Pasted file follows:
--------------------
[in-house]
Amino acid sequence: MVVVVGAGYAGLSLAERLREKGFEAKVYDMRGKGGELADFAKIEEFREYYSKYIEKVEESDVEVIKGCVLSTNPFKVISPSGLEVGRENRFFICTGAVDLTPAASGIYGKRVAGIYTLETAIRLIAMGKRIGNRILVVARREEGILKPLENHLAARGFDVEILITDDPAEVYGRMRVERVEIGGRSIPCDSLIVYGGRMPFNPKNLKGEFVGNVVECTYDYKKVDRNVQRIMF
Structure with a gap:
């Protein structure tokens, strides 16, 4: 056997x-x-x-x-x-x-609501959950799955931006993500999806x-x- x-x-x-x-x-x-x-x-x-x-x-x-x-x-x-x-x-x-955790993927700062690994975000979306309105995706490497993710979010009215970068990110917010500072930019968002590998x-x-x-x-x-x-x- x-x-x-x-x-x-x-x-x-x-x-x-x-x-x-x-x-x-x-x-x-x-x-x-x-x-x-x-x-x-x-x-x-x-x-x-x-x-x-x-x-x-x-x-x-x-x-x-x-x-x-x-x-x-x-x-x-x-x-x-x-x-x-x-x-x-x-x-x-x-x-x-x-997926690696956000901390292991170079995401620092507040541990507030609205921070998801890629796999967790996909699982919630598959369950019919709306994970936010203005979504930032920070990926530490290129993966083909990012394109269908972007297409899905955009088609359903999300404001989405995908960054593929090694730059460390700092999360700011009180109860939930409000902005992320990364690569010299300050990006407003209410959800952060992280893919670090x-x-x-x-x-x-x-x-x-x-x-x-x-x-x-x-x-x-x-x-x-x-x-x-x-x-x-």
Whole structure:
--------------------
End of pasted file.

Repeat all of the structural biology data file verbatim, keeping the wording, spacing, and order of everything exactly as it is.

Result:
[in-house]
Amino acid sequence: MVVVVGAGYAGLSLAERLREKGFEAKVYDMRGKGGELADFAKIEEFREYYSKYIEKVEESDVEVIKGCVLSTNPFKVISPSGLEVGRENRFFICTGAVDLTPAASGIYGKRVAGIYTLETAIRLIAMGKRIGNRILVVARREEGILKPLENHLAARGFDVEILITDDPAEVYGRMRVERVEIGGRSIPCDSLIVYGGRMPFNPKNLKGEFVGNVVECTYDYKKVDRNVQRIMF
Structure with a gap:
């Protein structure tokens, strides 16, 4: 056997x-x-x-x-x-x-609501959950799955931006993500999806x-x- x-x-x-x-x-x-x-x-x-x-x-x-x-x-x-x-x-x-955790993927700062690994975000979306309105995706490497993710979010009215970068990110917010500072930019968002590998x-x-x-x-x-x-x- x-x-x-x-x-x-x-x-x-x-x-x-x-x-x-x-x-x-x-x-x-x-x-x-x-x-x-x-x-x-x-x-x-x-x-x-x-x-x-x-x-x-x-x-x-x-x-x-x-x-x-x-x-x-x-x-x-x-x-x-x-x-x-x-x-x-x-x-x-x-x-x-x-997926690696956000901390292991170079995401620092507040541990507030609205921070998801890629796999967790996909699982919630598959369950019919709306994970936010203005979504930032920070990926530490290129993966083909990012394109269908972007297409899905955009088609359903999300404001989405995908960054593929090694730059460390700092999360700011009180109860939930409000902005992320990364690569010299300050990006407003209410959800952060992280893919670090x-x-x-x-x-x-x-x-x-x-x-x-x-x-x-x-x-x-x-x-x-x-x-x-x-x-x-």
Whole structure: